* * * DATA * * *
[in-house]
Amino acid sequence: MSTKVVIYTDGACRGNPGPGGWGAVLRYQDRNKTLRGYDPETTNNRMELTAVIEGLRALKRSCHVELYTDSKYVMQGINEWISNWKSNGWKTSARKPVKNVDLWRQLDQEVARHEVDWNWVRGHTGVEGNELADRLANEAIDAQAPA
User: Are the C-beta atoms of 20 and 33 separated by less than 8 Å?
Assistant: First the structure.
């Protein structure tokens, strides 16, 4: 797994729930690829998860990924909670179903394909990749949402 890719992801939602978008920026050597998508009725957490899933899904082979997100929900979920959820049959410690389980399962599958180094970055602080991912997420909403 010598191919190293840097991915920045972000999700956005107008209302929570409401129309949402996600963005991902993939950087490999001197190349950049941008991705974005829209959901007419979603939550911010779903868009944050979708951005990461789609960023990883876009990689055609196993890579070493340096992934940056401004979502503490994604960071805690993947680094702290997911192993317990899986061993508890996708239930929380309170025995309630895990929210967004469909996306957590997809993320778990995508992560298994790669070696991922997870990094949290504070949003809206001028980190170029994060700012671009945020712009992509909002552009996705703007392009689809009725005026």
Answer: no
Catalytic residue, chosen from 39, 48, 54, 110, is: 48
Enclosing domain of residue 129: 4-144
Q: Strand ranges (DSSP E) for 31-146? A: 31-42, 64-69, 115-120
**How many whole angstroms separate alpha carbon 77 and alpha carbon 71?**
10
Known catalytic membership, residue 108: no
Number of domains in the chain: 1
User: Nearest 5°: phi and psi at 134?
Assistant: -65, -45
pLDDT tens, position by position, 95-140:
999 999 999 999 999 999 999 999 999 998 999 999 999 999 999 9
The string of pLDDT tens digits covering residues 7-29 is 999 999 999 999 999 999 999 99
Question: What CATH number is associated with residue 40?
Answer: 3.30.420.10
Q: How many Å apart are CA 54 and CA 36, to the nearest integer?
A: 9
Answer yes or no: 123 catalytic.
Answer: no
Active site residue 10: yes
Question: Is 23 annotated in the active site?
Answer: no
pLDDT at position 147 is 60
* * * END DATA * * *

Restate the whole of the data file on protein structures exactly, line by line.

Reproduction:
[in-house]
Amino acid sequence: MSTKVVIYTDGACRGNPGPGGWGAVLRYQDRNKTLRGYDPETTNNRMELTAVIEGLRALKRSCHVELYTDSKYVMQGINEWISNWKSNGWKTSARKPVKNVDLWRQLDQEVARHEVDWNWVRGHTGVEGNELADRLANEAIDAQAPA
User: Are the C-beta atoms of 20 and 33 separated by less than 8 Å?
Assistant: First the structure.
């Protein structure tokens, strides 16, 4: 797994729930690829998860990924909670179903394909990749949402 890719992801939602978008920026050597998508009725957490899933899904082979997100929900979920959820049959410690389980399962599958180094970055602080991912997420909403 010598191919190293840097991915920045972000999700956005107008209302929570409401129309949402996600963005991902993939950087490999001197190349950049941008991705974005829209959901007419979603939550911010779903868009944050979708951005990461789609960023990883876009990689055609196993890579070493340096992934940056401004979502503490994604960071805690993947680094702290997911192993317990899986061993508890996708239930929380309170025995309630895990929210967004469909996306957590997809993320778990995508992560298994790669070696991922997870990094949290504070949003809206001028980190170029994060700012671009945020712009992509909002552009996705703007392009689809009725005026």
Answer: no
Catalytic residue, chosen from 39, 48, 54, 110, is: 48
Enclosing domain of residue 129: 4-144
Q: Strand ranges (DSSP E) for 31-146? A: 31-42, 64-69, 115-120
**How many whole angstroms separate alpha carbon 77 and alpha carbon 71?**
10
Known catalytic membership, residue 108: no
Number of domains in the chain: 1
User: Nearest 5°: phi and psi at 134?
Assistant: -65, -45
pLDDT tens, position by position, 95-140:
999 999 999 999 999 999 999 999 999 998 999 999 999 999 999 9
The string of pLDDT tens digits covering residues 7-29 is 999 999 999 999 999 999 999 99
Question: What CATH number is associated with residue 40?
Answer: 3.30.420.10
Q: How many Å apart are CA 54 and CA 36, to the nearest integer?
A: 9
Answer yes or no: 123 catalytic.
Answer: no
Active site residue 10: yes
Question: Is 23 annotated in the active site?
Answer: no
pLDDT at position 147 is 60